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Surely you can't be serious

Spoof films are routinely snubbed by Oscar and are even looked down upon by other comedies. But the genre's producers often just laugh all the way to the bank.

January 27, 2008|Aaron Lee | Special to The Times

Budgeted around $3 million, "Airplane!" went on to gross more than $80 million, which set in stone the greatest factor inthe spoof movie's resiliency: cost-effectiveness. Panitch says, "All three of our spoof movies were made for very aggressive pricing -- and they were all profitable, domestic and internationally."

Joel Gallen, director of 2001's "Not Another Teen Movie," notes that spoof movies do not require an A-list cast. Sony Chairwoman Amy Pascal, he says, "green-lit the concept without big-name talent, so you saved a lot of money there. 'Teen Movie' cost about $15 million to make and grossed $13 million in its opening weekend alone."

For The Record
Los Angeles Times Tuesday, January 29, 2008 Home Edition Main News Part A Page 2 National Desk 1 inches; 34 words Type of Material: Correction
Movie spoofs: An article in Sunday's Calendar section about movie spoofs included a caption under a photograph from "Meet the Spartans" that said the film "300" was from 2006. It was a 2007 release.
For The Record
Los Angeles Times Sunday, February 03, 2008 Home Edition Sunday Calendar Part E Page 2 Calendar Desk 1 inches; 32 words Type of Material: Correction
Movie spoofs: An article last Sunday about movie spoofs included a caption under a photograph from "Meet the Spartans" that said "300" was from 2006. The film "300" was a 2007 release.

Ready for takeoff

"Airplane!" proved the spoof movie could be a blockbuster, and it added rapid-fire pacing to the formula, along with plenty of corny one-liners ("Surely you can't be serious." "I am serious. And don't call me Shirley."). Roger Ebert, writing in 1980, summed up the film's appeal by stating, "Movie comedies today are so hung up on being contemporary, radical, outspoken and cynically satirical that they sometimes forget to be funny." To think there was a time when that list of adjectives was the tired old norm for movie comedy. Nevertheless, for better and worse, the spoof floodgates had been opened.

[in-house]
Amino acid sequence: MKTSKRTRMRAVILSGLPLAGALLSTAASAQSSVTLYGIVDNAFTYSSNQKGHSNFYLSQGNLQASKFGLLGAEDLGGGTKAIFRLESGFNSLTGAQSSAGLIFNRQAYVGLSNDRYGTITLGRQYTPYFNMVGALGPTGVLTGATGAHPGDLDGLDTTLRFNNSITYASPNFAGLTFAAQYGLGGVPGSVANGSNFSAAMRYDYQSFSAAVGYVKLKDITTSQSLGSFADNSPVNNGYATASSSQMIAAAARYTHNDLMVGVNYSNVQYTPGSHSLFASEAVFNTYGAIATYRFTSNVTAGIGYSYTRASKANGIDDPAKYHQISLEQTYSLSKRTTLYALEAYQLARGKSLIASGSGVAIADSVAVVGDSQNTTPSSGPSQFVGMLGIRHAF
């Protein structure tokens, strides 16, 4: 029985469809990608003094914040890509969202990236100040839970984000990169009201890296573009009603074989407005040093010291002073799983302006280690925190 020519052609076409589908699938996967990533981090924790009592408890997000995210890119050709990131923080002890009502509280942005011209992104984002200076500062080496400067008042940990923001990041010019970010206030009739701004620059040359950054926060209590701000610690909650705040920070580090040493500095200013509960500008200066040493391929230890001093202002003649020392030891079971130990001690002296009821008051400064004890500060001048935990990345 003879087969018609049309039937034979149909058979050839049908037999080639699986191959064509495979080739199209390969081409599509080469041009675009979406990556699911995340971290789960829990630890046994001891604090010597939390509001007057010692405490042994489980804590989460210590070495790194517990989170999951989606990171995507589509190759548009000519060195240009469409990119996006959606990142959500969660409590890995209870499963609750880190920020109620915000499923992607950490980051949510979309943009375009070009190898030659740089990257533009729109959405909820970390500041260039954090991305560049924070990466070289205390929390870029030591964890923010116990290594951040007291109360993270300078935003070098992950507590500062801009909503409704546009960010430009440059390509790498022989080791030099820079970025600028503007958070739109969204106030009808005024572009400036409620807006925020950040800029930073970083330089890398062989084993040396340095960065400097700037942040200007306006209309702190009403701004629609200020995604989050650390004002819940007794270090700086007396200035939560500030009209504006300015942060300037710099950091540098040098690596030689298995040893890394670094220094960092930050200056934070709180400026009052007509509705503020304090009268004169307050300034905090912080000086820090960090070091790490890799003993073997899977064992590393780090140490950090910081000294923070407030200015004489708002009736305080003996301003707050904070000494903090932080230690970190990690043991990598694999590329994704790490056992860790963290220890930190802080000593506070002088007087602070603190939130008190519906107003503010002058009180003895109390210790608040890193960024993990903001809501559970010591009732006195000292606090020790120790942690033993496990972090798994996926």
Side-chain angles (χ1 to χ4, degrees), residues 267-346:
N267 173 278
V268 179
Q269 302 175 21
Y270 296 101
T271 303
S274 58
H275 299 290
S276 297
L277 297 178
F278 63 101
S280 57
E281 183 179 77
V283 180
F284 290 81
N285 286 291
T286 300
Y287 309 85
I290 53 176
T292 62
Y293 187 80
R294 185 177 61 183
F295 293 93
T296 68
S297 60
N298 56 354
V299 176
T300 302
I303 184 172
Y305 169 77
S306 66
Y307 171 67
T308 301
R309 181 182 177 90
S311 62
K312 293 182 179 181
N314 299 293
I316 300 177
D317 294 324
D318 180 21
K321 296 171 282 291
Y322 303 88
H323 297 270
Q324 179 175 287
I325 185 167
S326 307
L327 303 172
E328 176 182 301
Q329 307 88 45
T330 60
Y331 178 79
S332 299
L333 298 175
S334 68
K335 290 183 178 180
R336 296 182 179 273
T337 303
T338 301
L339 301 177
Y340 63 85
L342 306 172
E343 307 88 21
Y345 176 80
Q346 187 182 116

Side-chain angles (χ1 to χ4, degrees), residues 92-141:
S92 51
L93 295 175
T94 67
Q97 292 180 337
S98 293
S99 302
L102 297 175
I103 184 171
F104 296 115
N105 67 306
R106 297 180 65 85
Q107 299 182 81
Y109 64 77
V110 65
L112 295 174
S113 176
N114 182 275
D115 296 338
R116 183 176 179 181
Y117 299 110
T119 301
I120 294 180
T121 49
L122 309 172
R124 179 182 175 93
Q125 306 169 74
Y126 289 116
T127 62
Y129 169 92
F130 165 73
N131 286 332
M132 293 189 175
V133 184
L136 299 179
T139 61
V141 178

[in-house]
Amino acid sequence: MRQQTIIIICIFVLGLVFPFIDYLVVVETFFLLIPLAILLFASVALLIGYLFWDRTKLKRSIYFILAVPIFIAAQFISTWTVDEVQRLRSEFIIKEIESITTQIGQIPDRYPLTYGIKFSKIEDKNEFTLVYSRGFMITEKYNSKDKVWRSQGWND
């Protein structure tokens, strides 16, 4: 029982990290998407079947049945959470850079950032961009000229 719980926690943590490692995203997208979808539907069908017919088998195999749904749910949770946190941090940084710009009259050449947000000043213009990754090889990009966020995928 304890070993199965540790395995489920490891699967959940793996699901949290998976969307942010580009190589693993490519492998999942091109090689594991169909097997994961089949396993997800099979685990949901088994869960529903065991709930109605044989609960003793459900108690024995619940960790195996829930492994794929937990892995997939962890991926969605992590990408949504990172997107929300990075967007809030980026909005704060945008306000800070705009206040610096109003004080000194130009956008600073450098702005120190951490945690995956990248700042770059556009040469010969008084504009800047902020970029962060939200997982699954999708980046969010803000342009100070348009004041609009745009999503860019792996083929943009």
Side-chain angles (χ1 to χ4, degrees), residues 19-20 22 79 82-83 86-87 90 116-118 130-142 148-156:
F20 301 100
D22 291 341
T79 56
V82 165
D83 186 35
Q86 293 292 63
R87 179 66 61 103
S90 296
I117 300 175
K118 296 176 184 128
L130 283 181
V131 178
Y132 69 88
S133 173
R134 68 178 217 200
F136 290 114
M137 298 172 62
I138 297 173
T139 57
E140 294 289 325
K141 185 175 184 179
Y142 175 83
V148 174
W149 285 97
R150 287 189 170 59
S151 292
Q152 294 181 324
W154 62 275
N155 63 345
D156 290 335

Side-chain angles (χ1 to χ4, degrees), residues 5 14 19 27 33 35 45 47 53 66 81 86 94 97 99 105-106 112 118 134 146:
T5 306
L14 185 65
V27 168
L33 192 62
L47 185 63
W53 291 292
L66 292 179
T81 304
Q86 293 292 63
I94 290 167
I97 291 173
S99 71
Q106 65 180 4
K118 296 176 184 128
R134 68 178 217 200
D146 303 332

The deluge included horror parodies ("Saturday the 14th," "Silence of the Hams"), mob parodies ("Johnny Dangerously," "Jane Austen's Mafia!"), cop parodies (the "Naked Gun" series, "Loaded Weapon 1"), erotic thriller parodies ("Hexed," "Fatal Instinct"), war parodies ("A Man Called Sarge," "Hot Shots!," "Hot Shots! Part Deux"), sci-fi parodies ("Spaceballs," "The Creature Wasn't Nice"), " 'hood movie" parodies ("High School High," "Don't Be a Menace to South Central While Drinking Your Juice in the Hood"), indie film parodies ("Plump Fiction," "My Big Fat Independent Movie") -- and on and on and on.

When the Wayans Brothers' "Scary Movie" crossed the all-important $100-million mark in 2000, the bar was raised. Spoof movies now had to be more outrageous and, most importantly, more current.

"If you've got a joke that's a year old, it might as well be 10 years old," explains Panitch. "Teenagers today are moving so fast."

Abrahams agrees. "References today can't be as old as they were then. But you've still got to write what makes you laugh."

Regardless of "Meet the Spartans' " box-office take, the spoof movie's prognosis is healthy. Scripts circulate around Hollywood: A parody of "Stomp the Yard"-style dance movies here, a James Bond/"Bourne Supremacy" mash-up there. David Zucker himself is in post-production on "Superhero!," with the inevitable presence of "Airplane!" alum Leslie Nielsen.

"As long as there are hit movies that are revered culturally," says Panitch, "there are targets to be hit."

He adds with a sigh, "You have to be very clever to look like a dumb spoof."

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